Amul Thapar is a judge on the U.S. Court of Appeals for the Sixth Circuit. Previously he was a district court judge on the U.S. District Court for the Eastern District of Kentucky, serving since his appointment in 2007, when he became the first South Asian Article III judge. He has taught law students at the University of Cincinnati and Georgetown. Judge Thapar has served as an Assistant U.S. Attorney in Washington, D.C. and the Southern District of Ohio. Immediately prior to his judicial appointment, Judge Thapar was the U.S. Attorney for the Eastern District of Kentucky. Judge Thapar received his law degree from the University of California, Berkeley.
In an employment discrimination case, Judge Thapar granted summary judgment in favor of the employer, Sherwin-Williams. Wagner worked as a store manager and salesman for a local branch of the paint dealer. But he lost his eyesight and Sherwin-Williams fired him. Wagner sued, arguing the company fired him because of his disability, failed to provide him with reasonable accommodation, and retaliated against him. Judge Thapar rejected Wagner’s claims because driving was an essential function of Wagner’s job, something he could not do even with an accommodation. The Sixth Circuit affirmed.
Judge Thapar denied a seventy-year-old inmate’s habeas petition filed sixteen years late. Judge Thapar held that even though Roy Stiltner was mentally incompetent, he did not diligently pursue his rights. Therefore, equitable tolling did not apply to his petition. But, the Sixth Circuit reversed and remanded. The case is pending.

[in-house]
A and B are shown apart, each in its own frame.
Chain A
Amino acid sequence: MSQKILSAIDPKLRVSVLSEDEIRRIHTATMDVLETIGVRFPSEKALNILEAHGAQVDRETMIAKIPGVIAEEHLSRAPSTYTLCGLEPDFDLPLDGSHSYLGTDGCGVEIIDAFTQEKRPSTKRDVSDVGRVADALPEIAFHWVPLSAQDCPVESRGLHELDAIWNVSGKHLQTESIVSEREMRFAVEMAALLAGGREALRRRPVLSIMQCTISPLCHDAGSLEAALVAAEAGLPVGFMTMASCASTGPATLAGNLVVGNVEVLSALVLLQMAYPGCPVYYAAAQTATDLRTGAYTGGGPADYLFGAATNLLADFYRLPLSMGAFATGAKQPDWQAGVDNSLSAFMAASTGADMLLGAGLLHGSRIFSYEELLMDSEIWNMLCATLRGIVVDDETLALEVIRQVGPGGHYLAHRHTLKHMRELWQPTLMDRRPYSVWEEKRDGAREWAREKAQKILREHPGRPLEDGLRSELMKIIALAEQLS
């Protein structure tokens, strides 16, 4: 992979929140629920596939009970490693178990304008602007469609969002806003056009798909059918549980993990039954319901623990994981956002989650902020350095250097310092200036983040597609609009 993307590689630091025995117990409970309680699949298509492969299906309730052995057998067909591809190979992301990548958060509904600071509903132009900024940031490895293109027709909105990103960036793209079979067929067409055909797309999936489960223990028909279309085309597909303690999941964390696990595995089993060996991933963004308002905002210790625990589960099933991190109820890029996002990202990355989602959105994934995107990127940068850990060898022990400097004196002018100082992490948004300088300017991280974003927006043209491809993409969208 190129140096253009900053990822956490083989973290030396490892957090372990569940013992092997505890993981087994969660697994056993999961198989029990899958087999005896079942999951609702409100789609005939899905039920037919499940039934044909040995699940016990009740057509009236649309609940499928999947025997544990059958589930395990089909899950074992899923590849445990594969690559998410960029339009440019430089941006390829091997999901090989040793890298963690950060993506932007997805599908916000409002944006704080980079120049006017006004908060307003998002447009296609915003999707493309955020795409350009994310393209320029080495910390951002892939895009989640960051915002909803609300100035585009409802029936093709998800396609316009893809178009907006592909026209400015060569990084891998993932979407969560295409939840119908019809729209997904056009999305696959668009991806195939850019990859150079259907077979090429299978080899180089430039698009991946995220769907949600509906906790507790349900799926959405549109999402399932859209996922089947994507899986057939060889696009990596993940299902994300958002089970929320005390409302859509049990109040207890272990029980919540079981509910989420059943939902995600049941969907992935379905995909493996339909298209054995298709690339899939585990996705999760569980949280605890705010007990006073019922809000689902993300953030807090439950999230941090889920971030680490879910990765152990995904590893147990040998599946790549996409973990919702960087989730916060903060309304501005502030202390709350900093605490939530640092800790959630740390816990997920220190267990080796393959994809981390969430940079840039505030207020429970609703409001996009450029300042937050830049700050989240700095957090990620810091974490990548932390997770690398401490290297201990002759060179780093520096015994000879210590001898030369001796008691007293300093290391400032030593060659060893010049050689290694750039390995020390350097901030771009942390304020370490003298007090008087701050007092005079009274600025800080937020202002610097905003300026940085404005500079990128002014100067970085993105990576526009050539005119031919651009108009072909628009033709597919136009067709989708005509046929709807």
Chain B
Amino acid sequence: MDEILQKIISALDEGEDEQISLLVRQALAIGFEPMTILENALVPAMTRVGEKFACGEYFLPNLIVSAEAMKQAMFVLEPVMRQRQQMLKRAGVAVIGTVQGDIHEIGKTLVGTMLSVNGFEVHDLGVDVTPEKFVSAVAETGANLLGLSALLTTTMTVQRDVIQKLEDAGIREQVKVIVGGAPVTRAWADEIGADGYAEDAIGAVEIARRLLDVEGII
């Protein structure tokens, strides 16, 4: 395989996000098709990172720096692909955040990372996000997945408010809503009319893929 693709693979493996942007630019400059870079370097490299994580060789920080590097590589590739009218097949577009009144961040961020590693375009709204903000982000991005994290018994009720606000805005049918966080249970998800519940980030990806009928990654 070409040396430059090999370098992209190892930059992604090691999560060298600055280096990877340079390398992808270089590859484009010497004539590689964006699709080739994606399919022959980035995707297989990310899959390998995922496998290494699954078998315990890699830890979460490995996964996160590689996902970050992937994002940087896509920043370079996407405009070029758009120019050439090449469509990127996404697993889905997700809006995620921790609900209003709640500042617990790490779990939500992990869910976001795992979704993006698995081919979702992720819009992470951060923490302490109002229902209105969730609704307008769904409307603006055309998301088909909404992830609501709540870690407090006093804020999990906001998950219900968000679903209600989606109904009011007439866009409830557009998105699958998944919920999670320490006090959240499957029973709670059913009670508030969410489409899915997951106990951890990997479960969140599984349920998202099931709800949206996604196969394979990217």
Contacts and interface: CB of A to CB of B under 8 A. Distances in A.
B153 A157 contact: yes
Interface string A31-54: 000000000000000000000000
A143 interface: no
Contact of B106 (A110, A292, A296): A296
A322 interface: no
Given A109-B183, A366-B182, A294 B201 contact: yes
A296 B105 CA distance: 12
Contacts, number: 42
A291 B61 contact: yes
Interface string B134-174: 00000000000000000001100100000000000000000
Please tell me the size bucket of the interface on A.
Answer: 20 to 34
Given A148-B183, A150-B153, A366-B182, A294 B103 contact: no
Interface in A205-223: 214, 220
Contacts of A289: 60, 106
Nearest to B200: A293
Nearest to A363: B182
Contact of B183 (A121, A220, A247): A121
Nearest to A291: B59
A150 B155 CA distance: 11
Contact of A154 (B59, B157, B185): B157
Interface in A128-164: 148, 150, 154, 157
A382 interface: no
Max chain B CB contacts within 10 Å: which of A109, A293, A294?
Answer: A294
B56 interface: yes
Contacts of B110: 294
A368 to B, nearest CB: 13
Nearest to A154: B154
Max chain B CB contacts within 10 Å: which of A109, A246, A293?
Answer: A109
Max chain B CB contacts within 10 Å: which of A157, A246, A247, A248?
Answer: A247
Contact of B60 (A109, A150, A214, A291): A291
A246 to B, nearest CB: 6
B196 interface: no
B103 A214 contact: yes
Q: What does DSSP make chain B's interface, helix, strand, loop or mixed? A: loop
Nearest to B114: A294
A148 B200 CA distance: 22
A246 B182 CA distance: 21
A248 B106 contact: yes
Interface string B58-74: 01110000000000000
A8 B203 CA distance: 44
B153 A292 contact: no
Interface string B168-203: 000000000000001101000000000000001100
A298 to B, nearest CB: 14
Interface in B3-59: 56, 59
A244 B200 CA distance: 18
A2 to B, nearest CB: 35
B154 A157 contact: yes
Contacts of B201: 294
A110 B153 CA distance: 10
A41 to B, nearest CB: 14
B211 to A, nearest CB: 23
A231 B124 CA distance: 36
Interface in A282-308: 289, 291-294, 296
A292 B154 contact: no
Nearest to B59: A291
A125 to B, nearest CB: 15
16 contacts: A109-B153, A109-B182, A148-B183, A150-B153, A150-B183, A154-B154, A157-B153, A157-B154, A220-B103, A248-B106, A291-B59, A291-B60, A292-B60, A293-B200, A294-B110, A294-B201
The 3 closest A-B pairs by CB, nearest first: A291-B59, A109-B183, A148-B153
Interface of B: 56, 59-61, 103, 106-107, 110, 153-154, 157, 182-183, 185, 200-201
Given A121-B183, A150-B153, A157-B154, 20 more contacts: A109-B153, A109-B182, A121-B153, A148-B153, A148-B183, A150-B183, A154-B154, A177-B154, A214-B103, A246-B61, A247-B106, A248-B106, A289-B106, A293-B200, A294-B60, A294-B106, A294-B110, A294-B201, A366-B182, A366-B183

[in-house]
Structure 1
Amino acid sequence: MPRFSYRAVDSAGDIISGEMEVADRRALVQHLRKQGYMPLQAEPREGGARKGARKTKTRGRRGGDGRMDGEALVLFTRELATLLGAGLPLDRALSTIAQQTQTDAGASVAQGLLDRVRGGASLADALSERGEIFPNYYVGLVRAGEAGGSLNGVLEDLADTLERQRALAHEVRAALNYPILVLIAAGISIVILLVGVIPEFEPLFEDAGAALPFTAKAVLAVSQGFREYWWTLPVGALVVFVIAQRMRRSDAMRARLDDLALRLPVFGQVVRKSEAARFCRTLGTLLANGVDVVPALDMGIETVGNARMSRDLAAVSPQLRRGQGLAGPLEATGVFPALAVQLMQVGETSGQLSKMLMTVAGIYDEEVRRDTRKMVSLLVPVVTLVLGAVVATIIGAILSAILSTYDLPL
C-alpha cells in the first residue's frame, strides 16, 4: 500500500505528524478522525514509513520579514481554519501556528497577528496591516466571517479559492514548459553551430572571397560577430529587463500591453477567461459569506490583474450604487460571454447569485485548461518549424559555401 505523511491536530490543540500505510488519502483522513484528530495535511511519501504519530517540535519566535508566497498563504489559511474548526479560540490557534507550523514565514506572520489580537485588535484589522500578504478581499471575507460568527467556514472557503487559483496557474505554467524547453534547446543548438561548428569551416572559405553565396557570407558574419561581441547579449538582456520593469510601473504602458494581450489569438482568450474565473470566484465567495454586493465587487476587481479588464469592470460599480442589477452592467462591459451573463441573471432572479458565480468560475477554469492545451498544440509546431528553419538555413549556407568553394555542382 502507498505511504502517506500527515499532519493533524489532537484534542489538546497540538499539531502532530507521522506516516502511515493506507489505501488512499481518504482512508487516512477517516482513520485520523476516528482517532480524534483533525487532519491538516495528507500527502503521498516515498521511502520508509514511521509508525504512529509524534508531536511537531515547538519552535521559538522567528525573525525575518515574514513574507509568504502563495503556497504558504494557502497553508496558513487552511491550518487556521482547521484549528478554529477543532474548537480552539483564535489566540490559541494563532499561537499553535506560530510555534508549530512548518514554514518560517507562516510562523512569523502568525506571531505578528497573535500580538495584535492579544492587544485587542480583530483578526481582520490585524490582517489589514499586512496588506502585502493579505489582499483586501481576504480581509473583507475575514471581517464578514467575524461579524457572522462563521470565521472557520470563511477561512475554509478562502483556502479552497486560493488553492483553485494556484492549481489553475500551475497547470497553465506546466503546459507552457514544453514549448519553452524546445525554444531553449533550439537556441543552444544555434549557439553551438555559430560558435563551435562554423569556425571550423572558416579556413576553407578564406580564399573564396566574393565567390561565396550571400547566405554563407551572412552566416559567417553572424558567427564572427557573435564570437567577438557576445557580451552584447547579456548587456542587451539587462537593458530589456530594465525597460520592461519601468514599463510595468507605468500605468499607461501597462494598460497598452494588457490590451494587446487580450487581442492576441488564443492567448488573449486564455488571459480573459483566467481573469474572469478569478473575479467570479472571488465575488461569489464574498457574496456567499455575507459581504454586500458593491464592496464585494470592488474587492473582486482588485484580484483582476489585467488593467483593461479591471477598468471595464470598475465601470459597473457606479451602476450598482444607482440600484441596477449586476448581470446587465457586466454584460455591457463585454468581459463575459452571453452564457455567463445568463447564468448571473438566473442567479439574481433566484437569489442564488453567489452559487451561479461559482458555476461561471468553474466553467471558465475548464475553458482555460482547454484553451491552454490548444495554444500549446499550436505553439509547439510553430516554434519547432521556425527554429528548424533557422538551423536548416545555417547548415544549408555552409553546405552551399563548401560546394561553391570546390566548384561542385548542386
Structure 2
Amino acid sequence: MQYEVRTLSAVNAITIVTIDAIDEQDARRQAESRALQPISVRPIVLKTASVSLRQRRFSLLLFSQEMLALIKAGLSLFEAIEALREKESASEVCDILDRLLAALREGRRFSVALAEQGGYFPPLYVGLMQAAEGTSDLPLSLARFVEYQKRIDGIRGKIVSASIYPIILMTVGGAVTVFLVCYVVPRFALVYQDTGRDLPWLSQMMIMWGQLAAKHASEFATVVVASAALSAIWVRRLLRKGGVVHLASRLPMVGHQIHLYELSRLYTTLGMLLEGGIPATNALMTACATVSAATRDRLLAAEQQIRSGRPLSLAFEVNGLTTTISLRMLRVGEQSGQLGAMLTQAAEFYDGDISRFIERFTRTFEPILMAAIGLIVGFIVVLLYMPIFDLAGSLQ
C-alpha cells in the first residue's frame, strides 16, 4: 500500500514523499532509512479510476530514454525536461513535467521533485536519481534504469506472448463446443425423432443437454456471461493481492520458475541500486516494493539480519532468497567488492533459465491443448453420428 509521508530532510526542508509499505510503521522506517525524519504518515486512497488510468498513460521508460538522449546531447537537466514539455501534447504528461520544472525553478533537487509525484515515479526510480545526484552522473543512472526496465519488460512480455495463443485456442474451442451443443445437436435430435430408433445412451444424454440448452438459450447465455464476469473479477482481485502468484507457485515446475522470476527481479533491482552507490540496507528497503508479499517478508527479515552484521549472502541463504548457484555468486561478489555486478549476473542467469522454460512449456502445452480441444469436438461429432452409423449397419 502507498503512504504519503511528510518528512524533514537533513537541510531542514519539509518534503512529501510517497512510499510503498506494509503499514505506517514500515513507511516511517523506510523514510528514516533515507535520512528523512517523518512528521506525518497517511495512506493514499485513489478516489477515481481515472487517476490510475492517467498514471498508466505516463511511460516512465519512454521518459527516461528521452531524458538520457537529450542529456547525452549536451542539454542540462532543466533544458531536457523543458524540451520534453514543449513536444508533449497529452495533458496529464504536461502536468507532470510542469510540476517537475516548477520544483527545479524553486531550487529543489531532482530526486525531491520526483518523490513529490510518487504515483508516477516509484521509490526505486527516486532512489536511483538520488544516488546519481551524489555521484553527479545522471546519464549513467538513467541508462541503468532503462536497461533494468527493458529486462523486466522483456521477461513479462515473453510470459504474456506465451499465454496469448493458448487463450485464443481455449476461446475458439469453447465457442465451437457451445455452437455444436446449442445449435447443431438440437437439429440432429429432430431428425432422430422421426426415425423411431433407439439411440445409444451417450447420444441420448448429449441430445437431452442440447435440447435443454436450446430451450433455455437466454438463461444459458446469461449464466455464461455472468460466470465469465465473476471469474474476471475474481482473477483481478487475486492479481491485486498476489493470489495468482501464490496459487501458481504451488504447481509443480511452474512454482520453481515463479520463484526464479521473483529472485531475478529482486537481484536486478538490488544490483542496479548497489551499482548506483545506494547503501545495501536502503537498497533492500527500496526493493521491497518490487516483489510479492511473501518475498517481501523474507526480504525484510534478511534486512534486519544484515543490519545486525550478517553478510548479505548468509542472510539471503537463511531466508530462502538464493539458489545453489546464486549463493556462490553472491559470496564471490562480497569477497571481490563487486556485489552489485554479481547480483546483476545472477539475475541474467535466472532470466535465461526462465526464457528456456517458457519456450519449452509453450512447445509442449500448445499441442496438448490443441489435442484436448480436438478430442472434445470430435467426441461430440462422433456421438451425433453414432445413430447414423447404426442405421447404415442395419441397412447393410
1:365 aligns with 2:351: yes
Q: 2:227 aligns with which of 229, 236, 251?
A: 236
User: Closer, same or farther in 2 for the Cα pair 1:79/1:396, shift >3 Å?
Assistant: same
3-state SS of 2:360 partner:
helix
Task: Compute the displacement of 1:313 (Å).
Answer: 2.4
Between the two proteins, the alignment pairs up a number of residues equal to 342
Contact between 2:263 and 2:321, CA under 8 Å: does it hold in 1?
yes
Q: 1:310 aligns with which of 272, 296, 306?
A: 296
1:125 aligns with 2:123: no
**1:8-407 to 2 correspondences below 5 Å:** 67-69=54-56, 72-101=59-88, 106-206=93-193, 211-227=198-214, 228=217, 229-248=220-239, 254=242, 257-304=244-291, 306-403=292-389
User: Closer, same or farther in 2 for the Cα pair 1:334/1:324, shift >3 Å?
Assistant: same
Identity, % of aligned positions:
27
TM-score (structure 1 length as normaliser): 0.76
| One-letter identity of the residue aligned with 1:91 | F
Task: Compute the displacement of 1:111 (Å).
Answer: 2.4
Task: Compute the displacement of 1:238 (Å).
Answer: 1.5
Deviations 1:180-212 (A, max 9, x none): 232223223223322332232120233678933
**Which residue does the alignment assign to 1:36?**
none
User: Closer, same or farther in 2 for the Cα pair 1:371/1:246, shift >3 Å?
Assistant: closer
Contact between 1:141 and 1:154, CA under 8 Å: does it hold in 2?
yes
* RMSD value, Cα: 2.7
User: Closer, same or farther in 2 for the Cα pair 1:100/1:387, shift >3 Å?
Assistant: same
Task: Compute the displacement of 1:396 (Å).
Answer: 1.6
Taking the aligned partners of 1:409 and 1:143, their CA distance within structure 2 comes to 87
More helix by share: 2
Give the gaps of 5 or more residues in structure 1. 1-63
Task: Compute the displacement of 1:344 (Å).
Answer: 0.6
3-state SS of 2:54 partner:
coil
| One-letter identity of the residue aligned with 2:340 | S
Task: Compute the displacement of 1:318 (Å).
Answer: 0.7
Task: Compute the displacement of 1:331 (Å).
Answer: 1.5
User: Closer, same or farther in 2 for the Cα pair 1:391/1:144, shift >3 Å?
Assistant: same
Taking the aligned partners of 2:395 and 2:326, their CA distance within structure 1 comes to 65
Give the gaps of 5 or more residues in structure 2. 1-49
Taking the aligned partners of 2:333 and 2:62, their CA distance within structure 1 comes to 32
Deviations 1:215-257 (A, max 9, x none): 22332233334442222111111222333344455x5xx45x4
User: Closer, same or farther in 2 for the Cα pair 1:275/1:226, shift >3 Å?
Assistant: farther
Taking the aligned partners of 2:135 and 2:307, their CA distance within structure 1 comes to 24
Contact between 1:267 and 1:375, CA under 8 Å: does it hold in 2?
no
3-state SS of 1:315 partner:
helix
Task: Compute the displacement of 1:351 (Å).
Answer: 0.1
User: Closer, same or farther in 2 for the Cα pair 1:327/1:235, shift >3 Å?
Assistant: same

In a criminal conspiracy trial, Judge Thapar rejected the government’s request to instruct the jury on a deliberate-ignorance theory among the conspirators. Judge Thapar reasoned that because criminal activity requires a criminal mind, the deliberate-ignorance instruction ought to be given sparingly.
In 2014, Judge Thapar oversaw the criminal trial of the former Mayor of Martin, Kentucky. The government brought a basket of conspiracy, fraud, and identity theft charges against the disgraced politician. A jury convicted the former mayor and some of his associates. On appeal, the Sixth Circuit affirmed the convictions and reasoned the district court did not err at trial or at sentencing.
Judge Thapar held that a federal court could not enjoin a parallel Kentucky state court proceeding. Watson wanted Judge Thapar to stop a Kentucky drug court from mandating that she take methadone as a condition of pre-trial release. Watson argued the order violated ADA and her due process rights. But, Judge Thapar relied on Youngerto argue that the principles of federalism counseled against interfering with the state court decision.